Chickens are fairly hardy birds. But many of us want to give our egg-producing friends a few conveniences.
Light and ventilation remain key components to healthy, productive chickens. To power these perks, consider going off-grid with a solar-powered chicken coop.
Solar power intrigues me. So when Jennifer Bryce, an alternative-energy aficionado, showed me her alternative-powered coop for her guinea hens and chickens, I thought it was a great way to go.
Solar power generation can be simple or a technical fun fest. I must admit, while researching the options, my eyes crossed more than once as I tried to determine what I needed and how to best set up the system.
Simple kits can walk you through the process without having to calculate loads for the proper-sized wires, panels and many of the critical aspects of the system. Plus, there are plenty of a la carte options to customize your system once you have the basics under your belt.
For the most straightforward coop power system, a few necessary items can handle the small load requirements of an energy-efficient light and fan. Once you have a functional understanding of how solar power works—including what you can and can’t do with it—you’ll be more confident deciding how to add options.
Step 1: Pick Your Panel & Battery
Choose the panel for your solar-powered chicken coop according to your needs. There are a mind-boggling number of photovoltaic (PV) panels on the market with an equally impressive range of prices. You can spend a relatively low amount—less than $300. Or you can invest more than $1,000 for a unit that can produce more power, even under less-than-ideal conditions.
The minimum size you’ll need is a 40-watt panel that produces a minimum of 12 volts. According to Bryce, bigger is better when it comes to panels. If you can afford a larger one that generates closer to 24 volts, go for it.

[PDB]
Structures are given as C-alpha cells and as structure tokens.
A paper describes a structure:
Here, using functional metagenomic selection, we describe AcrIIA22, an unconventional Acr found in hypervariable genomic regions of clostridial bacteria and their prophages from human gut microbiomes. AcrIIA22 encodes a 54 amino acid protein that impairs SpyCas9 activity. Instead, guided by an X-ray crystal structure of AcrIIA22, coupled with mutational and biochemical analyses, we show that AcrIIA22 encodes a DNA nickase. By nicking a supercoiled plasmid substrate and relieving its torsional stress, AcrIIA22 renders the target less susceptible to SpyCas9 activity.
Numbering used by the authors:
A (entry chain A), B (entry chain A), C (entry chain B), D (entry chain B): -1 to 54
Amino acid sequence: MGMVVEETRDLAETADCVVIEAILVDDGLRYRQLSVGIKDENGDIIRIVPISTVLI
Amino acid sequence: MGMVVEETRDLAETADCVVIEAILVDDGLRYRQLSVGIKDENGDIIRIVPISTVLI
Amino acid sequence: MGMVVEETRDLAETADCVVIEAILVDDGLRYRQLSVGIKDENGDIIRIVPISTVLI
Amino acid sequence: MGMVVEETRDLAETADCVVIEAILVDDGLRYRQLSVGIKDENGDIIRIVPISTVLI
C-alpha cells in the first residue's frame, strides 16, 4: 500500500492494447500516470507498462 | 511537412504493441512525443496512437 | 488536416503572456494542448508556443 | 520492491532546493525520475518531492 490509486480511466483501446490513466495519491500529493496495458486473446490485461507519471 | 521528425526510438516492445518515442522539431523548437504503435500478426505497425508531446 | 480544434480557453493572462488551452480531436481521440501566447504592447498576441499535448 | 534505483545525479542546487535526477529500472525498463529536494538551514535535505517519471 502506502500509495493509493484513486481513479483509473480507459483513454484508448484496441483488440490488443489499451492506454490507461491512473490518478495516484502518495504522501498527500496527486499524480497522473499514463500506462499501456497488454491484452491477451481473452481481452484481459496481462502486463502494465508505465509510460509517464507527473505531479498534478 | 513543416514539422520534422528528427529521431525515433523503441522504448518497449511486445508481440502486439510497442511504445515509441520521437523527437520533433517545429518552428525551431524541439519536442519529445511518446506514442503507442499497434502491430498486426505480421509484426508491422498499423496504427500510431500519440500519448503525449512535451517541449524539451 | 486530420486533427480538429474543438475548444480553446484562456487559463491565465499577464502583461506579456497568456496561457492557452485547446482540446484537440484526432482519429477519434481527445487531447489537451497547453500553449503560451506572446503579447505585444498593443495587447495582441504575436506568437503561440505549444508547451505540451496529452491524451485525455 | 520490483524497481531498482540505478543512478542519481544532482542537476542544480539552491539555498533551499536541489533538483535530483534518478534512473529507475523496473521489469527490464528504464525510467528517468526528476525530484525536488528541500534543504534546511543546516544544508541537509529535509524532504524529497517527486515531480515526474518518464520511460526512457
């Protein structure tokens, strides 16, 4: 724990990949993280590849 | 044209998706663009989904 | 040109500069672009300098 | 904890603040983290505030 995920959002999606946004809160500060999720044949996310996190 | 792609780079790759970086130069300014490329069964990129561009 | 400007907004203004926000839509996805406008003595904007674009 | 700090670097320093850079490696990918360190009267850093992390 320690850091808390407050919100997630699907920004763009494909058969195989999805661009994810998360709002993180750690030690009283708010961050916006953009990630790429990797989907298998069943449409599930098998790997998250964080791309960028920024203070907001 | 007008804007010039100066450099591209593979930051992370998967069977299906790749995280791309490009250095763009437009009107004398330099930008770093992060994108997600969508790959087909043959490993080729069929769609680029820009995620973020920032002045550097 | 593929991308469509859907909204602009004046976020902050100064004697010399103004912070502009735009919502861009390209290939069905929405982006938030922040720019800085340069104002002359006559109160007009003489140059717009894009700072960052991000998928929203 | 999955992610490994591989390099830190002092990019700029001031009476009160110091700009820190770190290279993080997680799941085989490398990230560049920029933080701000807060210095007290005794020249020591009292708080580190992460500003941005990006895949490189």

A standard deep-cycle 12-volt RV or marine battery will work for a simple light and fan. Before selecting something, keep in mind: The battery will run down quicker in cold temperatures. And it might not charge as well in extremely hot regions.
Step 2: Place the Panel
Position the PV panel to gather as much sunlight as possible—wherever that might be. Mount the panel on the south side of the structure, making sure there are no obstructions to the sunlight.
Positioning the angle can be a little more challenging because the sun moves across the sky at varying angles based on the season. A rule of thumb is to set the angle of the panels at roughly the angle of your latitude.
For example, here in Great Falls, Montana, our latitude is roughly 47 degrees north. So I can set the panel between 45 to 50 degrees.
Another option is to set the panel so the angle is adjustable. Increase the angle in the winter to capture as much sun as possible, as the sun is lower in the sky. Do the opposite in the summer.
Step 3: Secure the Panel
If you live in a windy area, it’s wise attach your panel to your chicken coop. Use brackets and hangers that will allow you to adjust the angle of the panel throughout the season while holding it in place.
In less-harsh regions—particularly if you have a mobile chicken coop and want to increase the light—use a portable frame for increased mobility.
Step 4: Make the Connections
A charge controller is necessary so you don’t overcharge and “cook” your battery.